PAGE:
We’re just four months into 2016, and already this year is shaping up to be a landmark year for labor and employment law. The federal government is more involved than ever in labor and employment matters, and many of the federal agencies have bigger budgets and more investigators now than during any other point in history. Not only that, but many of these agencies are now being more aggressive in their enforcement and investigation tactics than ever before.
So what are some of the top things employers should be aware of or keep an eye on for the rest of 2016?
- Systemic investigations. The Equal Employment Opportunity Commission (EEOC) has increasingly been looking for broader policy or practices issues when investigating individual claims. This means it’s more and more likely for an individual claim to turn into system-wide investigations and/or class action lawsuits.
- Accommodations for pregnant employees. Pregnancy is protected by a number of laws, including the Family Medical Leave Act, Americans with Disabilities Act and Pregnancy Discrimination Act. But in the light of the decision of Young v. UPS and the subsequent case law, accommodations for pregnant workers (light duty, lactation) has become a hot-button issue for the EEOC.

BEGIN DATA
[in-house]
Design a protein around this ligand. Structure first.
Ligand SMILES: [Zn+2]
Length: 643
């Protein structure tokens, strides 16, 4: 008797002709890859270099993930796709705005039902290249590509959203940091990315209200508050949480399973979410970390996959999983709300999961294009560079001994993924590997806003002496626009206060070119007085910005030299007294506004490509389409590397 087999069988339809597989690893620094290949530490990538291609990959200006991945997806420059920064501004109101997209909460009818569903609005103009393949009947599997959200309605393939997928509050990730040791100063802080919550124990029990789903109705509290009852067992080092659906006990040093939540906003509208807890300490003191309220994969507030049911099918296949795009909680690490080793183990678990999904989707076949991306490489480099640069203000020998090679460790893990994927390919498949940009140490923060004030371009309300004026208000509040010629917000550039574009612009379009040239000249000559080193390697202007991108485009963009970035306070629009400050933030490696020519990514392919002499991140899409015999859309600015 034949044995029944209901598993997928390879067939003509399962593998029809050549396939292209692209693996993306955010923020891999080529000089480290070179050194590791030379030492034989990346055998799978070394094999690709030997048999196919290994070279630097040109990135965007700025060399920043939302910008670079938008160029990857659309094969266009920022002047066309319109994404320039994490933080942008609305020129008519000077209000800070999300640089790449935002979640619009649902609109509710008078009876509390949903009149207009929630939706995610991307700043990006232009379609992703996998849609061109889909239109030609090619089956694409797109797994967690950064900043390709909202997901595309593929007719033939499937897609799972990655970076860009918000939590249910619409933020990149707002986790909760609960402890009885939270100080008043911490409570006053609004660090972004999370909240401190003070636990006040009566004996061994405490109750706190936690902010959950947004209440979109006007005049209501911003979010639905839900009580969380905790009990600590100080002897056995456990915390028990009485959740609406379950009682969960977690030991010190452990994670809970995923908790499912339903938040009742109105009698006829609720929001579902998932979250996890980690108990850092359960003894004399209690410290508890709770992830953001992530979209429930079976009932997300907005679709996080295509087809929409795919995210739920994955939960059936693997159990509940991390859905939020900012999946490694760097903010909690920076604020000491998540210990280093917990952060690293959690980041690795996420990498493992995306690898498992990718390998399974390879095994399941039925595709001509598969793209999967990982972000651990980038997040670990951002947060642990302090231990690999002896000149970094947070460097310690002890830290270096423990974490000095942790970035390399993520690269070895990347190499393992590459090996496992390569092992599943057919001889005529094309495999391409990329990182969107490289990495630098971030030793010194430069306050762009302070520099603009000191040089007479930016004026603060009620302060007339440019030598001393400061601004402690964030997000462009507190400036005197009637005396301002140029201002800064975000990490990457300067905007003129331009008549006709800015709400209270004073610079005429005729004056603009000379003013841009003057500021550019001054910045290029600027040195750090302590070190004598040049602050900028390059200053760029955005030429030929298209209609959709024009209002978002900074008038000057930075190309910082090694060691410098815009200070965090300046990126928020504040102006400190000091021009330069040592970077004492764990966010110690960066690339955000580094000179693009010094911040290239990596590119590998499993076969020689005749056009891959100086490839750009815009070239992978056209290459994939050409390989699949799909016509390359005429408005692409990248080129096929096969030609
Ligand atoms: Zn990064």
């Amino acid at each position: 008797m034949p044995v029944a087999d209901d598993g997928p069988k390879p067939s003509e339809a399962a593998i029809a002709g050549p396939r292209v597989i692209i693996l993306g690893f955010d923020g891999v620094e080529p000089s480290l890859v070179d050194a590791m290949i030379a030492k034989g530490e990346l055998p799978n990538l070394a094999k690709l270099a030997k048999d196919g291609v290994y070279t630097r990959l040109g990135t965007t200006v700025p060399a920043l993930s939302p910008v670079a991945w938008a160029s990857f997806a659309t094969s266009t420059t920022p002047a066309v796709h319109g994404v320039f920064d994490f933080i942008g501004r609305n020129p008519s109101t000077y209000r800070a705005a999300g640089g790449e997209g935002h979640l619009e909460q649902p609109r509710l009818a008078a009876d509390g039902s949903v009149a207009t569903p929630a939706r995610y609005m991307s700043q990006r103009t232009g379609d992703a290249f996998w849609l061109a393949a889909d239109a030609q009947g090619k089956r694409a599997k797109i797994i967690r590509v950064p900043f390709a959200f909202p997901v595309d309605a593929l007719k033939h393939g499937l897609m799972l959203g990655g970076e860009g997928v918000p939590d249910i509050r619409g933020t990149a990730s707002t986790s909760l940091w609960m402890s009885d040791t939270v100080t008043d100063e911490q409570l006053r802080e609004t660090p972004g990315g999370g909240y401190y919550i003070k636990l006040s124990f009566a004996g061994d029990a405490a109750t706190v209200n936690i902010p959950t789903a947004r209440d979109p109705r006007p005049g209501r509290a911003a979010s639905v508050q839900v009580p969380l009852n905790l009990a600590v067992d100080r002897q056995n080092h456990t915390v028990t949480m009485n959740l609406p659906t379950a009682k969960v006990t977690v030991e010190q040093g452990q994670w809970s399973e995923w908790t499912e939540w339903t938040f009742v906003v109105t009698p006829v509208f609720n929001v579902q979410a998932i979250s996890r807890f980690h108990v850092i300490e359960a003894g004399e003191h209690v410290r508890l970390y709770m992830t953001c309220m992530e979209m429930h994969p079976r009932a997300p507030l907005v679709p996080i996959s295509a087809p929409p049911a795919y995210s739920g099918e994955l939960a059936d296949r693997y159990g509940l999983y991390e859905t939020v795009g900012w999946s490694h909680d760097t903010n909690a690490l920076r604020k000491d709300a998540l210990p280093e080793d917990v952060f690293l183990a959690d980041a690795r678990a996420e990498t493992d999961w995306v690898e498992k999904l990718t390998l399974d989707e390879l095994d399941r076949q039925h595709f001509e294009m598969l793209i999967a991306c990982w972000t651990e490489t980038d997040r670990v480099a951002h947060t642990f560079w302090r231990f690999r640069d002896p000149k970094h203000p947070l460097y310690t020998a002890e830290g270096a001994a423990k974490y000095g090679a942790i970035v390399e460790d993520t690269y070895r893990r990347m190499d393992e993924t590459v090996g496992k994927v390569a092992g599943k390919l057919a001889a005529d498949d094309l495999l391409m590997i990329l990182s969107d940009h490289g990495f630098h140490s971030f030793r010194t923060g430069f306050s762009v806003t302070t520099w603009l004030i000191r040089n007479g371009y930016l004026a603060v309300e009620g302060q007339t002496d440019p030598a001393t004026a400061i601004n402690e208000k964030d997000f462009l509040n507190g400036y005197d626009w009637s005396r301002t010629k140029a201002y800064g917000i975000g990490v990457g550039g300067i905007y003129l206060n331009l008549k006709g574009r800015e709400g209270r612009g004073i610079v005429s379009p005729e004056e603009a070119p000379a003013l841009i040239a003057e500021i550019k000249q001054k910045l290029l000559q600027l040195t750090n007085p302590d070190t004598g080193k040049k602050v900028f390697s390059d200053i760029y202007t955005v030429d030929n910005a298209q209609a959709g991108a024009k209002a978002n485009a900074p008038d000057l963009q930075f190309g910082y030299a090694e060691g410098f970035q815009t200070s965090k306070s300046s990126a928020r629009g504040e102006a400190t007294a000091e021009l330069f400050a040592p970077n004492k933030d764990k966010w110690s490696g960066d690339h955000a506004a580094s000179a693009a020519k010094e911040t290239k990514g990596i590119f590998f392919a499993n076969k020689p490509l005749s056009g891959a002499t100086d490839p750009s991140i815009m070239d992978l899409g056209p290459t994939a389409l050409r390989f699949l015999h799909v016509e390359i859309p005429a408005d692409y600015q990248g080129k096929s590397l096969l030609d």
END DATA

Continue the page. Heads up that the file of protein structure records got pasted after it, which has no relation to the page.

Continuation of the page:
- Overhaul of the FLSA’s overtime regulations. There has been extensive coverage of the proposed rule updating the FLSA’s overtime regulations over the past few months, but the reality is that these regulations are coming (even if it’s not clear when exactly they will go into effect), and employers need to seriously start thinking about what they’re going to do to comply with them.
- Union encroachment into non-union workplaces. Employers that don’t have unionized operations have largely ignored the National Labor Relations Board (NLRB) in the past. In recent years, however, unions and the NLRB have shifted their focus from unionized workplaces to non-union workplaces. The result? Employees in non-union workplaces now have union-style protections and rights, and employers and industries who have historically never had to deal with unions can no longer ignore them.
Of course, these points are just the tip of the iceberg, so to speak. For a more robust review of what’s trending in labor and employment law, make sure to check out the recap of G&A Partners’ most recent webinar: “What’s Going On In Labor And Employment Law: 2016 And Beyond,” hosted by Alexis C. Knapp, an experienced attorney with labor and employment law firm Littler. Click here to watch the recorded webinar.
This article is not intended to be exhaustive nor should any discussion or opinions be construed as legal advice. Readers should contact legal counsel for legal advice.